All of which leads us to Mudbound, one of this year’s best films and one of Mulligan’s most nuanced performances in this mold. In her adaptation of the novel by Hillary Jordan, Rees switches character perspectives throughout the film, allowing Mulligan’s Laura to introduce herself: A 31-year-old virgin, talented singer and piano player, and college graduate with a degree in education who is living with her parents, fearful of being an old maid, and who describes not a feeling of love toward eventual husband Henry McAllan (Jason Clarke) but a sense of being “grateful.” She is feisty enough to argue with her mother at the dinner table while Henry is courting her but, once married, ultimately powerless, forced to follow Henry when he unexpectedly sells their home and moves their family to 200 acres of muddy farmland in Mississippi. In her narration, she mentions Henry’s proposal not as a question, but a statement, and not something romantic, but practical. Every element of this is spoken with a sort of unshakeable resignation—which is in direct contrast to how Laura acts around and interacts with Henry’s younger brother, Jamie.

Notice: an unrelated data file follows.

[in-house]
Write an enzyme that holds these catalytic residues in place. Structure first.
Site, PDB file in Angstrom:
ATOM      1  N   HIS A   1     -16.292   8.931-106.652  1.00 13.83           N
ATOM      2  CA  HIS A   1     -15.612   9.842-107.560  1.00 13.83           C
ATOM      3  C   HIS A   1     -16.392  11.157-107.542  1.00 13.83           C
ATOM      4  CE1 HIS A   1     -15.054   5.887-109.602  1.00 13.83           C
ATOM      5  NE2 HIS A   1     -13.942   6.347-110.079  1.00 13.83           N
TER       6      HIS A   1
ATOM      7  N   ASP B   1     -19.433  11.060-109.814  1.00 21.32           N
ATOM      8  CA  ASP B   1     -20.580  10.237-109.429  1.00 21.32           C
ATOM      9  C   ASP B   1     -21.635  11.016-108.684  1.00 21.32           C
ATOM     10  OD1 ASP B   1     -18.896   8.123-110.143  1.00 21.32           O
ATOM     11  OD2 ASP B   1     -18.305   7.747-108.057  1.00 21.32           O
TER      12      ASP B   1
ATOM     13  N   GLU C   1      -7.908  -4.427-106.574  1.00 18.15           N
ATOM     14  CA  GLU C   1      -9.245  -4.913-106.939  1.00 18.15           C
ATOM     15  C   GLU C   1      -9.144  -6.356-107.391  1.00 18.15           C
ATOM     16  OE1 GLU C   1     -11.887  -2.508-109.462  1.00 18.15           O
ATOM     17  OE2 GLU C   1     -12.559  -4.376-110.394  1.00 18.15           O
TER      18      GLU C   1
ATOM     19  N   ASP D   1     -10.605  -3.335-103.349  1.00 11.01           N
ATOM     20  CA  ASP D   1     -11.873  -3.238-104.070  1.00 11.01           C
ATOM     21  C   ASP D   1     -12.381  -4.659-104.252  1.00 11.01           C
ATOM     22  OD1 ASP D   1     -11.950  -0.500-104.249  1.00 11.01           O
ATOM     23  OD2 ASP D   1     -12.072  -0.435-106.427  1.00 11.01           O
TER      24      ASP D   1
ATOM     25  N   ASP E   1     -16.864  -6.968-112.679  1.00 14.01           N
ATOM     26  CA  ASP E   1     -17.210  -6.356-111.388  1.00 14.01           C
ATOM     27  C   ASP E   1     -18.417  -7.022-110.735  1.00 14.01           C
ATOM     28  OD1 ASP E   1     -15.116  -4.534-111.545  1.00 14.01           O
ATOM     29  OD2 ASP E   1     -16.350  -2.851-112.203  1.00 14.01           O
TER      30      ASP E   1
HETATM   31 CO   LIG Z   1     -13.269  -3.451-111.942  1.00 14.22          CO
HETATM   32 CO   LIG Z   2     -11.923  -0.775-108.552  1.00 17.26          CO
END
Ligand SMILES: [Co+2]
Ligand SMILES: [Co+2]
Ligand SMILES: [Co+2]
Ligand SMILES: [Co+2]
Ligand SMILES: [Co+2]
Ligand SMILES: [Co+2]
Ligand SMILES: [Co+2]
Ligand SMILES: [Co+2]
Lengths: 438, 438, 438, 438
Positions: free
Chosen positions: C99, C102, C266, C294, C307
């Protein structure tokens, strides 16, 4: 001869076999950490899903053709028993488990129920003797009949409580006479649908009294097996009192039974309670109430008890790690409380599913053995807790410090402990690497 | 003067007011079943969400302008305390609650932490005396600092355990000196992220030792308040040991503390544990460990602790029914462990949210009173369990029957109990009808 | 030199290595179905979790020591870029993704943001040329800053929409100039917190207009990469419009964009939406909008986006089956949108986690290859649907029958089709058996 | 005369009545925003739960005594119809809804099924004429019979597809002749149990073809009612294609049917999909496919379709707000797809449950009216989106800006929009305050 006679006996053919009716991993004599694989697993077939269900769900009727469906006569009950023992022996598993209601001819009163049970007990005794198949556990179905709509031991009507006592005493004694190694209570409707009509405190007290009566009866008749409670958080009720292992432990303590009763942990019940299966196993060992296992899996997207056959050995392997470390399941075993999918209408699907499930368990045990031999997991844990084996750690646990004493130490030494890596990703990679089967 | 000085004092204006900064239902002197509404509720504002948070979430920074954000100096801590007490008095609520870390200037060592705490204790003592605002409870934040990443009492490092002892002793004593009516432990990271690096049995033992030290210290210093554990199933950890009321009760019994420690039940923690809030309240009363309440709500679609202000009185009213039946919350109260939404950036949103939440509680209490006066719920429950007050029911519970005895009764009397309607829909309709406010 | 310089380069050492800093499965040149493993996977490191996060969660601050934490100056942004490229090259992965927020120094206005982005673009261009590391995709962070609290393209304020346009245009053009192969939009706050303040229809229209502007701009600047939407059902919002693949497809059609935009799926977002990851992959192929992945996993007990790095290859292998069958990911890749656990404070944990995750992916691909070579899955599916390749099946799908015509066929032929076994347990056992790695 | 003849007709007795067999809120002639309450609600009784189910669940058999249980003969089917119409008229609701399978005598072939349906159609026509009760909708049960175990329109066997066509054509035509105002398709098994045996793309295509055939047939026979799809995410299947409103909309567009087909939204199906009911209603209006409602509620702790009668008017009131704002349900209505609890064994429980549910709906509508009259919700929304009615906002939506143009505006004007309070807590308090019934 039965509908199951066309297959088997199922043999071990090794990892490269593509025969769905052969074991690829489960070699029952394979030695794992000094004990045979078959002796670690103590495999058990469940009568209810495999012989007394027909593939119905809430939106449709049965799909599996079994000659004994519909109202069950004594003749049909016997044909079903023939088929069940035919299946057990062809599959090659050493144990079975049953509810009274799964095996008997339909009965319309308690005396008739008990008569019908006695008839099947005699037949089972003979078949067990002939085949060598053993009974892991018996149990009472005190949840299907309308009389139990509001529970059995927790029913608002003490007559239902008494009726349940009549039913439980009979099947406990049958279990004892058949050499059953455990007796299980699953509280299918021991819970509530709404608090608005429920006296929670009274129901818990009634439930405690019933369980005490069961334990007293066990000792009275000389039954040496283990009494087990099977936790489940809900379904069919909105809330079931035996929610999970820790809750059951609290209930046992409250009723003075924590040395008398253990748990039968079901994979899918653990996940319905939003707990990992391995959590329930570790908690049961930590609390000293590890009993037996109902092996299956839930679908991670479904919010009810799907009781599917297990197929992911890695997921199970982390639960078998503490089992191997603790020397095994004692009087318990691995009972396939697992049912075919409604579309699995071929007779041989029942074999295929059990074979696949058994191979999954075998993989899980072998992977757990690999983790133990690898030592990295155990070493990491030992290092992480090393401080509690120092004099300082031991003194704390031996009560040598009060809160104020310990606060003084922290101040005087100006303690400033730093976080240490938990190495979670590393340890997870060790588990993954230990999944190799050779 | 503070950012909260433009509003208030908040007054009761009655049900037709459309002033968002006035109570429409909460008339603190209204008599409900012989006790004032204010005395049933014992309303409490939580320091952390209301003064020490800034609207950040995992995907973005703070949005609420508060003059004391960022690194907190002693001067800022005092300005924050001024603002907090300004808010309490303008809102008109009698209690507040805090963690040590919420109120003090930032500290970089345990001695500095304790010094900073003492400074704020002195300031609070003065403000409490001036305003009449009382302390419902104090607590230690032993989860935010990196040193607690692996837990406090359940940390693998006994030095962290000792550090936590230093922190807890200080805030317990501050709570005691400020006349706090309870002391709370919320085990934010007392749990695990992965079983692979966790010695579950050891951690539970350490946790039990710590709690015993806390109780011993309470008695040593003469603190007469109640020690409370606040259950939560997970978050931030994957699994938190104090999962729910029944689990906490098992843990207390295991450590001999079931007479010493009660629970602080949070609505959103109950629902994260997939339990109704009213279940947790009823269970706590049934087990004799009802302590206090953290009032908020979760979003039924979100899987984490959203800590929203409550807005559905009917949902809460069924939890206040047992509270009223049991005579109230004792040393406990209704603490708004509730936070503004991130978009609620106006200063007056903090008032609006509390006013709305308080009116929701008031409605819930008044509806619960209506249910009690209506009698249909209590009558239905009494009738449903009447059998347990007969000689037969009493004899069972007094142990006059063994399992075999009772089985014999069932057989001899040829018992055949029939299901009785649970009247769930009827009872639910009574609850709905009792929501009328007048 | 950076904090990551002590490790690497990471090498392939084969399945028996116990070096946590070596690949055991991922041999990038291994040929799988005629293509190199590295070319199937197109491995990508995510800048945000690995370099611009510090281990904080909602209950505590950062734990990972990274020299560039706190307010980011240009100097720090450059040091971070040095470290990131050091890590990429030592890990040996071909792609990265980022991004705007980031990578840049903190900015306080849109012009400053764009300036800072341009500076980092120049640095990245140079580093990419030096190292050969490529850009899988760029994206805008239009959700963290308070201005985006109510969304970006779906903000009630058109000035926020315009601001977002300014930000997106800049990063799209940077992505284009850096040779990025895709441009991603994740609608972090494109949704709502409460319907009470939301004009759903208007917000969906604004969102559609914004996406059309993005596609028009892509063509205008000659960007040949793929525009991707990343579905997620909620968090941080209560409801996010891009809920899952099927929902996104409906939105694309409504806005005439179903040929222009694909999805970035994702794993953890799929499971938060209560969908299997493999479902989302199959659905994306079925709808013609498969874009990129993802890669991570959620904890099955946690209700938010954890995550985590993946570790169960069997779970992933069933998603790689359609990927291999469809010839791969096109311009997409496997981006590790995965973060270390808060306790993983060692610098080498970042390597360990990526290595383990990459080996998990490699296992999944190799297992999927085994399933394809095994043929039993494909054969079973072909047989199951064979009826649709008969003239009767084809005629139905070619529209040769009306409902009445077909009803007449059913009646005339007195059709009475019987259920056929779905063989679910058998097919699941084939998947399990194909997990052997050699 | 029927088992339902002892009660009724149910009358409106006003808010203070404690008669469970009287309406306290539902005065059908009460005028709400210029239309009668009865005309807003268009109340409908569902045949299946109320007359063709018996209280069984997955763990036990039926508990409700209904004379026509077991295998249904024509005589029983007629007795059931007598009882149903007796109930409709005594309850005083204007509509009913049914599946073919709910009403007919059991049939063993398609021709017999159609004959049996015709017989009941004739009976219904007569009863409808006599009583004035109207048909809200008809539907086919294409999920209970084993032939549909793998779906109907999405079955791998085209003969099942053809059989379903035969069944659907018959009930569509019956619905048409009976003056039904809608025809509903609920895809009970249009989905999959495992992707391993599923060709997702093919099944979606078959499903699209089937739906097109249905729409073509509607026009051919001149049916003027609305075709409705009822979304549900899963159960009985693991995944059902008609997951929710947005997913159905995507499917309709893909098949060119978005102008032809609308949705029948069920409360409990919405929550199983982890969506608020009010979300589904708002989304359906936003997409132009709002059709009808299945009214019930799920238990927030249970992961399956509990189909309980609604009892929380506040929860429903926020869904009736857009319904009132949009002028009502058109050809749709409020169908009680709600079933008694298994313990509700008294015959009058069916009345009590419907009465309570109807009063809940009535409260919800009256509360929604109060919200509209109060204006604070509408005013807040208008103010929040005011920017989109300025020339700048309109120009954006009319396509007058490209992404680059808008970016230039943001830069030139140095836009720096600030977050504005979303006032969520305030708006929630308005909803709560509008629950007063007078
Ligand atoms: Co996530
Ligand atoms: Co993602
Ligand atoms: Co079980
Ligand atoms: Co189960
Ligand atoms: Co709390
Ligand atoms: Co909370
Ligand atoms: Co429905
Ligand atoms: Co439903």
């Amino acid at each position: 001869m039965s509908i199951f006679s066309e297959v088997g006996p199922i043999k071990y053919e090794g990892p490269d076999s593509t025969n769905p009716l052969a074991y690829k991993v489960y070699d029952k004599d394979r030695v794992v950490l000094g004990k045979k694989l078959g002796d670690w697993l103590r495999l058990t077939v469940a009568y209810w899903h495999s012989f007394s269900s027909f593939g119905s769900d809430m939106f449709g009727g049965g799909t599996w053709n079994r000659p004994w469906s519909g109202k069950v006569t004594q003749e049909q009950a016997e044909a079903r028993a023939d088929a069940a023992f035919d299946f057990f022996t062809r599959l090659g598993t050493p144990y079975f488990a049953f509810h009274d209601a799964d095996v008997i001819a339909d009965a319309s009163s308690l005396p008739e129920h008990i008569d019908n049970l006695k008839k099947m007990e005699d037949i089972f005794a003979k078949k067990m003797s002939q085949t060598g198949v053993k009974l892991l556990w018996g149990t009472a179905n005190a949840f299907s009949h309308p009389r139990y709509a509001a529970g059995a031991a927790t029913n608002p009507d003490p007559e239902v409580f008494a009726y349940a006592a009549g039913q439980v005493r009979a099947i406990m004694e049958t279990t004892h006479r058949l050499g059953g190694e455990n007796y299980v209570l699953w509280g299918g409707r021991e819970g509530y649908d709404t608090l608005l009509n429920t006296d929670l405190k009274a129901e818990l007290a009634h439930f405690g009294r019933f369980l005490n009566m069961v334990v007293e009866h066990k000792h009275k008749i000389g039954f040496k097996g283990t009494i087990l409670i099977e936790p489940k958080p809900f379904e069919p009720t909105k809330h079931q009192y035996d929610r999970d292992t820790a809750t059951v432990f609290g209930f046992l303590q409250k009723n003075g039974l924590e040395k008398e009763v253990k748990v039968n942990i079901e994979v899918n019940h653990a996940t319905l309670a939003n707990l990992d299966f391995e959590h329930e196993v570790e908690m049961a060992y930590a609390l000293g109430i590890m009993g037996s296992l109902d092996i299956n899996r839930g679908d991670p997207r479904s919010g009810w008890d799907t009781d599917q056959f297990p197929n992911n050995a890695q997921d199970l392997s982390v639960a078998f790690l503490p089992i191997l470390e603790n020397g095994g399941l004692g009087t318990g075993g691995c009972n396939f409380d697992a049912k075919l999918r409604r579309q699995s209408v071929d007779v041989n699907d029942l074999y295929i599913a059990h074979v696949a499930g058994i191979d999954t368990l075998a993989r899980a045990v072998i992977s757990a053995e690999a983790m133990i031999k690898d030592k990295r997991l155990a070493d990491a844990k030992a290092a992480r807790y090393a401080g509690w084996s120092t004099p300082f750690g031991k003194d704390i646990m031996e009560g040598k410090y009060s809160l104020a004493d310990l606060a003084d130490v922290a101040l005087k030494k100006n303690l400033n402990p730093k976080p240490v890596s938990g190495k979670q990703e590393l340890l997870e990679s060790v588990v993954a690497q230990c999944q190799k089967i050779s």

When Laura and Jamie first meet, he immediately charms her with Shakespeare references that Henry doesn’t get; when she zings back by comparing him with Puck from A Midsummer Night’s Dream, Jamie describes the character as a “hobgoblin” to his older brother, putting a self-deprecating spin on his shared interest with his sister-in-law. But it’s clear to Henry at least that there’s a connection between Laura and Jamie that he can’t touch, which is why he immediately discredits it, telling Laura after she shares a dance with his brother that he’s a womanizer and that he’s used to seeing women “sparkle” for Jamie.